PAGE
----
Memories of Mogadishu the lost paradise
Originally Published: December 20, 2008
It was a place of paved highways and smooth roads. Palm trees dotted the landscape, providing shade for those who ventured into the city for business or pleasure. Residents say that it had one of the best-trained police forces in the world — disciplined and respectful of residents.
Boasting the second longest coastline in Africa, people would sit on the beaches in groups to watch the sun disappear over the landscape, casting long shadows on the rising tide of the Indian Ocean behind them. This was Mogadishu then.
“It was a place of beauty,” said Mohamed Ibrahim, an exiled Somali journalist living in Kenya.
“The ruler (Siad Barre) was strict but at least back then we had roads. We had shops. We had hospitals. Life was much better than it is now,” he says.
“It was a city of poets and composers. Odes inspired by the beauty of the city were sung in honour of Mogadishu. People would get onto their roof tops, stay up late at night looking at the stars. Now the stars are still visible but you do not need a roof top view any more. You can see them from the holes left behind by missiles,” said Mr Ibrahim.
But the clear skies and the clean air are no more.
Enemies of the state
Mr Ibrahim fled the country when journalists became enemies of the failed state and were targeted by both the Transitional Government Forces and militiamen under the instruction of warlords.
One afternoon in 2006, Nasra Muhamud was in a radio station studio in Mogadishu just about to read the midday news bulletin.
“I was preparing a script for the news when I heard a commotion outside. Naturally I moved towards the window to see what was going on but before I got there, there was a loud bang,” she says.
“Everything was covered in dust. I looked at the chair on which I was seated and passed out,” said Ms Muhamud.
She lay motionless, and for a while her colleagues thought she had died from the impact.
Woken up by persistent gunfire, she was shocked at the damage she saw at the place she had occupied seconds earlier; a mangled chair, and a broken desk. Through a hole in the wall, she saw a missile shell on the other side.
Thinking that the city had become too dangerous on that day she decided to head home. But death still stalked her. The minibus she boarded for the short journey home was hit by another missile and overturned.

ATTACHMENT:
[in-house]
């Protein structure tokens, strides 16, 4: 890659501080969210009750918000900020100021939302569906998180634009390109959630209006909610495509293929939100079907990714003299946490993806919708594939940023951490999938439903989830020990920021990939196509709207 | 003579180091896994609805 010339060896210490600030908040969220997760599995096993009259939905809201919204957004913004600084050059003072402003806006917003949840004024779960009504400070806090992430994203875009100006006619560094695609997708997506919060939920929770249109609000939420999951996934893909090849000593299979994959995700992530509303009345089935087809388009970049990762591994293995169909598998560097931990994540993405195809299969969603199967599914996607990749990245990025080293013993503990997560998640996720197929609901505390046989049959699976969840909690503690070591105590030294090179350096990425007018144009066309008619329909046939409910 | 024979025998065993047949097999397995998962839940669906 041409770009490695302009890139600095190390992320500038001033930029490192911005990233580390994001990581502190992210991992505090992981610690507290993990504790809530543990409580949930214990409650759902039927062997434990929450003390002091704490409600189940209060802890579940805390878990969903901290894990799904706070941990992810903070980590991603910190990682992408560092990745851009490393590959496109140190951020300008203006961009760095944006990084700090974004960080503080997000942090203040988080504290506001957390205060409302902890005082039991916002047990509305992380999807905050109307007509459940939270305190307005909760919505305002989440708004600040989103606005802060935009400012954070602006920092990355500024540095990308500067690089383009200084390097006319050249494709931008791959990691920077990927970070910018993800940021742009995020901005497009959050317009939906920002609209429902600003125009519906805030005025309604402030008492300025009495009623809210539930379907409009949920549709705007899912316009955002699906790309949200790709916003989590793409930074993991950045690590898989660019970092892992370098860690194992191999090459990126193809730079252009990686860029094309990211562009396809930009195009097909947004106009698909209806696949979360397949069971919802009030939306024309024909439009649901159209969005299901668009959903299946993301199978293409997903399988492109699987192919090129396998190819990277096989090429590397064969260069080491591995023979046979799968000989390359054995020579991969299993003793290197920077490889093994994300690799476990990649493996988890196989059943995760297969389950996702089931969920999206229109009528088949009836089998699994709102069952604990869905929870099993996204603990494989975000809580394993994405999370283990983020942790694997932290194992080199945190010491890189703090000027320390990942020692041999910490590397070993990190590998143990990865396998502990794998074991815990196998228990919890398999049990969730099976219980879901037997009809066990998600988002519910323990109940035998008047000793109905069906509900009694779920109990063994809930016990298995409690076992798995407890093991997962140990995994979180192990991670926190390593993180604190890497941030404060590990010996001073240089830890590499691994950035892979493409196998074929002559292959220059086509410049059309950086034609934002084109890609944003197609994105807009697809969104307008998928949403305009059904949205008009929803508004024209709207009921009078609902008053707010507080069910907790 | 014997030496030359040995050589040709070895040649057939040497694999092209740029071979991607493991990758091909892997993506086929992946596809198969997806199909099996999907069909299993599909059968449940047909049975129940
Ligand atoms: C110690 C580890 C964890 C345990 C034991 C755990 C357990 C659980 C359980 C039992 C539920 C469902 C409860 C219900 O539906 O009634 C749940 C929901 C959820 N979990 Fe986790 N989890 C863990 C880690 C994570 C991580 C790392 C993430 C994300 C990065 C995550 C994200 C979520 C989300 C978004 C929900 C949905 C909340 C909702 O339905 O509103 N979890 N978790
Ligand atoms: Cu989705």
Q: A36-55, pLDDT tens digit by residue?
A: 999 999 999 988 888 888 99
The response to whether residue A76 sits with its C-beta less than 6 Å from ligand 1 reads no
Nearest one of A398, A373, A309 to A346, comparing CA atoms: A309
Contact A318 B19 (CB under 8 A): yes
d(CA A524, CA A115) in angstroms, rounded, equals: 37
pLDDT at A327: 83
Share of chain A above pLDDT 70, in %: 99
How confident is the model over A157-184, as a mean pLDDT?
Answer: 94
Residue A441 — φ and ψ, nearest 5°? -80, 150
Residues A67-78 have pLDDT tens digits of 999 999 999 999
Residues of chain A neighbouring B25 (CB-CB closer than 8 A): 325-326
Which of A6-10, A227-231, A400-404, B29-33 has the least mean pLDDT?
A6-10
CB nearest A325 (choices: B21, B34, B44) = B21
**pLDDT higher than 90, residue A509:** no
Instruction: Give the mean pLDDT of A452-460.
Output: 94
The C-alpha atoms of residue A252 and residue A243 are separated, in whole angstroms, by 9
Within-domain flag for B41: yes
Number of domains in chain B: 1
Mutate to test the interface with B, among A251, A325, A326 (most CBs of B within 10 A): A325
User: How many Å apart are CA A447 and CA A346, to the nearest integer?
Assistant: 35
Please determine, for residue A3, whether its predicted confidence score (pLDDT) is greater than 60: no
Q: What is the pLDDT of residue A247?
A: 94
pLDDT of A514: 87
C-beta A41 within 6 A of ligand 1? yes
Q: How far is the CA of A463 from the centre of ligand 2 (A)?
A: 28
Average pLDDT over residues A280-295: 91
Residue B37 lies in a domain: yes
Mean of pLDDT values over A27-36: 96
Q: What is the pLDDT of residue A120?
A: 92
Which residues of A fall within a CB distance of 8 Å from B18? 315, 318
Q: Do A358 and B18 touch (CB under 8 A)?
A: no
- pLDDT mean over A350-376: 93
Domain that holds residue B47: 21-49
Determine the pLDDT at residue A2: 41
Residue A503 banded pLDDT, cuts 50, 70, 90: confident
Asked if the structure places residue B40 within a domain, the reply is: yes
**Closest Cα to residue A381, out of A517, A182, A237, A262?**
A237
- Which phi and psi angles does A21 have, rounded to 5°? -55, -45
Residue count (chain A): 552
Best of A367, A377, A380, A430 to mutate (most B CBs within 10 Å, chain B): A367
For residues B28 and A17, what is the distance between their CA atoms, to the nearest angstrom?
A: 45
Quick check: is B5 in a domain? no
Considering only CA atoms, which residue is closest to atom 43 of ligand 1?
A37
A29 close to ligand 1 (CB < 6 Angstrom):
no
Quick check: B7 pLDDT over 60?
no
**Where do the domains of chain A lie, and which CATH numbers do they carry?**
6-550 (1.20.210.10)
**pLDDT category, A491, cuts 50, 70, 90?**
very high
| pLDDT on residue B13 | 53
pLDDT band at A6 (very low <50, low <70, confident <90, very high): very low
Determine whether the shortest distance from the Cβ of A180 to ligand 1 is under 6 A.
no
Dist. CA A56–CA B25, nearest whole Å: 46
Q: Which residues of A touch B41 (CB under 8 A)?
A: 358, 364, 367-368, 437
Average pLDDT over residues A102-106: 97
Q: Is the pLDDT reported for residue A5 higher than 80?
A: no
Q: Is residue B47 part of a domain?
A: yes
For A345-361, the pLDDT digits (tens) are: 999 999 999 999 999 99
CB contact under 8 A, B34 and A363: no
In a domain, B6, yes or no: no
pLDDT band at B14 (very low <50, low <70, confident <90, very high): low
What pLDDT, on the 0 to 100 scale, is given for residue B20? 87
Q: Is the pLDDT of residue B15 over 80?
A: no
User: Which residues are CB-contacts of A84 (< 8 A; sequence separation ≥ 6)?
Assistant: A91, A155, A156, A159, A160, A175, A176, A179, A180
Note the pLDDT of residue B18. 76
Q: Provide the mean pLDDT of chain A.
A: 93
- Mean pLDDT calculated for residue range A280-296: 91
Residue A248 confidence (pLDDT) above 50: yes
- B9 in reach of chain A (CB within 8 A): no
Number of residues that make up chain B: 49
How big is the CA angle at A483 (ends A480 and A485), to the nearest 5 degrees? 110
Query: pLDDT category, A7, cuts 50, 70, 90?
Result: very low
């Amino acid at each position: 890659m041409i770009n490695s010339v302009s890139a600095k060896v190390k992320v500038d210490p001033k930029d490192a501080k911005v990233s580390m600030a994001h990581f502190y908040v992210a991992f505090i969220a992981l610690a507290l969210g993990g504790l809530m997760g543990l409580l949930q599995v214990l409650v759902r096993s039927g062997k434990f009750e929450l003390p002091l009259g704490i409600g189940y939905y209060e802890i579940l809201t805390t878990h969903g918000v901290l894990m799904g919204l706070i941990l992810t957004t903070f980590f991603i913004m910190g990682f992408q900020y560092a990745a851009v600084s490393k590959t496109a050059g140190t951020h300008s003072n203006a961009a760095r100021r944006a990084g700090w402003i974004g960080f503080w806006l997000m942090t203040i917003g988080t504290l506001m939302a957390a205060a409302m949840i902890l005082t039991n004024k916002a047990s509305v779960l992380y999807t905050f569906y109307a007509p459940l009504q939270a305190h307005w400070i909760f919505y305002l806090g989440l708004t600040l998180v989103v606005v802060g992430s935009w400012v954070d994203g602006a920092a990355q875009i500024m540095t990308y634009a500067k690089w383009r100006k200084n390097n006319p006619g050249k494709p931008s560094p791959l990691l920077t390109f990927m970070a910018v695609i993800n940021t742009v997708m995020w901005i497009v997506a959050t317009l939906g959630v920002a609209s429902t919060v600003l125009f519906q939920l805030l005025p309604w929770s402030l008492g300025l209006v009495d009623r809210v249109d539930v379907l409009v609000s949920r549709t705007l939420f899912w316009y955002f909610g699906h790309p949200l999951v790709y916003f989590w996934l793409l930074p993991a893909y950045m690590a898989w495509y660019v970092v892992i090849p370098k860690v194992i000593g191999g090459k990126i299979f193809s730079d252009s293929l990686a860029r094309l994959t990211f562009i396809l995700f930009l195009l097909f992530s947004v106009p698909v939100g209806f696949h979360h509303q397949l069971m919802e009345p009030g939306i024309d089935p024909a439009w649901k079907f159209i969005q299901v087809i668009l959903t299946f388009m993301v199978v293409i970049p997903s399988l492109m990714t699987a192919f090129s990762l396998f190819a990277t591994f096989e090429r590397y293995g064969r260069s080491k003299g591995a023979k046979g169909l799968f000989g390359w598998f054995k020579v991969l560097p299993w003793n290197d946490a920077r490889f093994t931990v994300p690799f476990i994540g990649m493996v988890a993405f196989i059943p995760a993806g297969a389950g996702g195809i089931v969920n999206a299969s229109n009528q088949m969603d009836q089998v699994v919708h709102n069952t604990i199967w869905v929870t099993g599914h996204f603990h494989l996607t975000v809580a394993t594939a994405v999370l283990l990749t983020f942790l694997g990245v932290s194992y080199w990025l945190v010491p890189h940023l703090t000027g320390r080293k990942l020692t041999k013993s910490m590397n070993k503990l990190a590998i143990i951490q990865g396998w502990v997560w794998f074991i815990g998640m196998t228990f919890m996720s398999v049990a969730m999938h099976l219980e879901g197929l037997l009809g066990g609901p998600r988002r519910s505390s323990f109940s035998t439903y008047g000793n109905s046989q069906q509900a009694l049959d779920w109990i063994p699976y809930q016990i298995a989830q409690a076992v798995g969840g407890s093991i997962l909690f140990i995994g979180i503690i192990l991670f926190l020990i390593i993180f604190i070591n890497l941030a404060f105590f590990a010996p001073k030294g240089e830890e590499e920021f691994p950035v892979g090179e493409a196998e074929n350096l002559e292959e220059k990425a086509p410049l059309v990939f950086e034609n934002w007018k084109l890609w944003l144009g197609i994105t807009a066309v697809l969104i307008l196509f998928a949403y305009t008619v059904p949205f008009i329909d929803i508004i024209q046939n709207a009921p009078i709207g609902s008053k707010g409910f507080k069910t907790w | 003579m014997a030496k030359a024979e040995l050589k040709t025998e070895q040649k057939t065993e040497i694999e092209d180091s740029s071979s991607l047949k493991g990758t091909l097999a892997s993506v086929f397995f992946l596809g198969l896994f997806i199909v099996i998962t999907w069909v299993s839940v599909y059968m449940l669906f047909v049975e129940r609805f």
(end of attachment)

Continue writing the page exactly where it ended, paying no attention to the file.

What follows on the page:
“The driver’s head was decapitated. Two other passengers died. I got off through a broken window and walked home,” she said.
On March 9 2007, Hassan Sade left the newsroom of Horn Afrik station for a routine assignment to cover a mine clearance operation in a Mogadishu neighbourhood when government forces confronted him.
“All they did was ask for my identification papers. I gave them my media ID. This was enough justification for an arrest,” said Mr Sade.
The troops took him to an abandoned room at Mogadishu Airport where he said he was tortured for allegedly working against the state. He was held for seven days in isolation; his only company a mad man who was later killed before his eyes.
After weeks of detention, he was released a broken man. Once outside he learnt that his father had been murdered for enquiring about his whereabouts. On being released, he took a short break from the profession to “mentally recover.”
“I couldn’t keep off for long. Three months later I was back hunting for stories but the constant threats from both government and warlords forced me to seek refuge in Kenya,” he says.
Two years ago Khadra Aidid ran a news website from Mogadishu until she and her aunt became a target for harassment and brutal attacks.
“It was common for militia men to loot from our house. At times they would take everything, including the iron sheet roofs. We were used to this,” she says.
But one day, the looters changed tack and did much more damage.
“One afternoon they came to the house and were in no hurry to leave even after taking everything that seemed valuable to them. They began taunting us, then my aunt told them to get out of the house,” Ms Aidid recalls.
That was the last thing Ms Aidid’s aunt said. She (the aunt) was shot along with her three-month-old baby she cuddled, suckling.
They died on the spot. The bodies were taken out to the streets. During the days that followed, the militiamen refused to let Ms Aidid and the other family members bury their loved ones until they (the militiamen) moved to another area.
As a journalist covering Mr Ali Gedi, the then Prime Minister, Bile Gurhan was never far from danger.
“Death no longer shocked us. Explosions went off without much attention and became part of the day,” says Mr Gurhan.
He says one day while Mr Gedi was checking into a hotel to receive guests, missiles landed nearby but no one seemed to mind.
“The PM checked into the hotel, proceeded to his room, put some music on and entertained guests. All the while, the conversations went on over the sound of gunfire,” he said.
Having worked in a war-ravaged country, the journalists have some advice for Kenyans in regard to the post-election violence the country experienced at the turn of the year.
Meeting under the auspices of the Somali Coalition for Freedom of Expression, they said the media should play a major role in promoting peace within Kenya. Why?
“Because war is a one-way street that only leads to one destination, death and destruction,” said Mrs Mariam Awreye, the director of Dr Ismail Jimale Human Rights Group in Somalia.
And do they think peace will return to their motherland?
“We are hopeful despite the fact that the warlords who caused chaos in the 1990s now represent us in government. Maybe when they leave, we will get the peace we deserve,” said Mr Ibrahim.
“In this lifetime, I hope to once again see a Mogadishu as beautiful and as peaceful as the one I grew up in.”